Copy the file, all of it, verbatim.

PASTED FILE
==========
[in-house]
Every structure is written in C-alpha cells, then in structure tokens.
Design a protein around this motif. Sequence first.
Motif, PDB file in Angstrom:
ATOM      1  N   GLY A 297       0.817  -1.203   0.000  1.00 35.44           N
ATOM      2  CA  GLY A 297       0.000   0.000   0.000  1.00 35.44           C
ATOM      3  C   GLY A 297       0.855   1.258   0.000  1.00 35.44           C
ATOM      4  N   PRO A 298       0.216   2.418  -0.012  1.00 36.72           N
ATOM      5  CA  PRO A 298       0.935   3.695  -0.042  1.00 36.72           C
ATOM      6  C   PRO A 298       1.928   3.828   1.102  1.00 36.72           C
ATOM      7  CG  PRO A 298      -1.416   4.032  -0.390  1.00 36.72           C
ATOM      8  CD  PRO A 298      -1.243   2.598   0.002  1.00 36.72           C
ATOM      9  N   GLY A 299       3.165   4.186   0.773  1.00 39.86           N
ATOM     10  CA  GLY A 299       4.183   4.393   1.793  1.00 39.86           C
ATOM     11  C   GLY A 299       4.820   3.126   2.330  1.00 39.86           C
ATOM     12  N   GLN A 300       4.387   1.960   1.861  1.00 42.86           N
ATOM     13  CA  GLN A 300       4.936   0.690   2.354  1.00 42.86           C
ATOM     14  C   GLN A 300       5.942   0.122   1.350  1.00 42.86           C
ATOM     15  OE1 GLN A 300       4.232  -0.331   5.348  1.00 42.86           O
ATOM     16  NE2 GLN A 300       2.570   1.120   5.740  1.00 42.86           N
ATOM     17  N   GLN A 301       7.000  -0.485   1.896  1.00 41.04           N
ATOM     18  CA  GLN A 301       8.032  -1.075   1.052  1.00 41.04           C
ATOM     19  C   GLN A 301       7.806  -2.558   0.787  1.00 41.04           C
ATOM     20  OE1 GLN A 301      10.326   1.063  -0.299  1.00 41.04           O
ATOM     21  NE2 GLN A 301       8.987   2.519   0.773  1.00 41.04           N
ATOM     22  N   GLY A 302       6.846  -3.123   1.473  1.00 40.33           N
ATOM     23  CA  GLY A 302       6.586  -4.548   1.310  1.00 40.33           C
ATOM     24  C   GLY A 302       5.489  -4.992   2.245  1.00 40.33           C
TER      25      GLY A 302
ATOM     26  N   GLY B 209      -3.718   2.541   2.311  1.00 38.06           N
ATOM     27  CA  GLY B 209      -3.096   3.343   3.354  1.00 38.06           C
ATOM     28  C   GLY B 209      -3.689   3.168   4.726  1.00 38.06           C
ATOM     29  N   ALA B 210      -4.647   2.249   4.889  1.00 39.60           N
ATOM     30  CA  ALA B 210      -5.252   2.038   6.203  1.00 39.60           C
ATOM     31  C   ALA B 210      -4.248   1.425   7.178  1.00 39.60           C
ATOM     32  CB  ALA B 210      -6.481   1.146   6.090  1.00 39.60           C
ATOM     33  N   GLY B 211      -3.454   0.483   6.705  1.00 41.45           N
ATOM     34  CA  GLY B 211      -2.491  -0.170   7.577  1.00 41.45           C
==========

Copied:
[in-house]
Every structure is written in C-alpha cells, then in structure tokens.
Design a protein around this motif. Sequence first.
Motif, PDB file in Angstrom:
ATOM      1  N   GLY A 297       0.817  -1.203   0.000  1.00 35.44           N
ATOM      2  CA  GLY A 297       0.000   0.000   0.000  1.00 35.44           C
ATOM      3  C   GLY A 297       0.855   1.258   0.000  1.00 35.44           C
ATOM      4  N   PRO A 298       0.216   2.418  -0.012  1.00 36.72           N
ATOM      5  CA  PRO A 298       0.935   3.695  -0.042  1.00 36.72           C
ATOM      6  C   PRO A 298       1.928   3.828   1.102  1.00 36.72           C
ATOM      7  CG  PRO A 298      -1.416   4.032  -0.390  1.00 36.72           C
ATOM      8  CD  PRO A 298      -1.243   2.598   0.002  1.00 36.72           C
ATOM      9  N   GLY A 299       3.165   4.186   0.773  1.00 39.86           N
ATOM     10  CA  GLY A 299       4.183   4.393   1.793  1.00 39.86           C
ATOM     11  C   GLY A 299       4.820   3.126   2.330  1.00 39.86           C
ATOM     12  N   GLN A 300       4.387   1.960   1.861  1.00 42.86           N
ATOM     13  CA  GLN A 300       4.936   0.690   2.354  1.00 42.86           C
ATOM     14  C   GLN A 300       5.942   0.122   1.350  1.00 42.86           C
ATOM     15  OE1 GLN A 300       4.232  -0.331   5.348  1.00 42.86           O
ATOM     16  NE2 GLN A 300       2.570   1.120   5.740  1.00 42.86           N
ATOM     17  N   GLN A 301       7.000  -0.485   1.896  1.00 41.04           N
ATOM     18  CA  GLN A 301       8.032  -1.075   1.052  1.00 41.04           C
ATOM     19  C   GLN A 301       7.806  -2.558   0.787  1.00 41.04           C
ATOM     20  OE1 GLN A 301      10.326   1.063  -0.299  1.00 41.04           O
ATOM     21  NE2 GLN A 301       8.987   2.519   0.773  1.00 41.04           N
ATOM     22  N   GLY A 302       6.846  -3.123   1.473  1.00 40.33           N
ATOM     23  CA  GLY A 302       6.586  -4.548   1.310  1.00 40.33           C
ATOM     24  C   GLY A 302       5.489  -4.992   2.245  1.00 40.33           C
TER      25      GLY A 302
ATOM     26  N   GLY B 209      -3.718   2.541   2.311  1.00 38.06           N
ATOM     27  CA  GLY B 209      -3.096   3.343   3.354  1.00 38.06           C
ATOM     28  C   GLY B 209      -3.689   3.168   4.726  1.00 38.06           C
ATOM     29  N   ALA B 210      -4.647   2.249   4.889  1.00 39.60           N
ATOM     30  CA  ALA B 210      -5.252   2.038   6.203  1.00 39.60           C
ATOM     31  C   ALA B 210      -4.248   1.425   7.178  1.00 39.60           C
ATOM     32  CB  ALA B 210      -6.481   1.146   6.090  1.00 39.60           C
ATOM     33  N   GLY B 211      -3.454   0.483   6.705  1.00 41.45           N
ATOM     34  CA  GLY B 211      -2.491  -0.170   7.577  1.00 41.45           C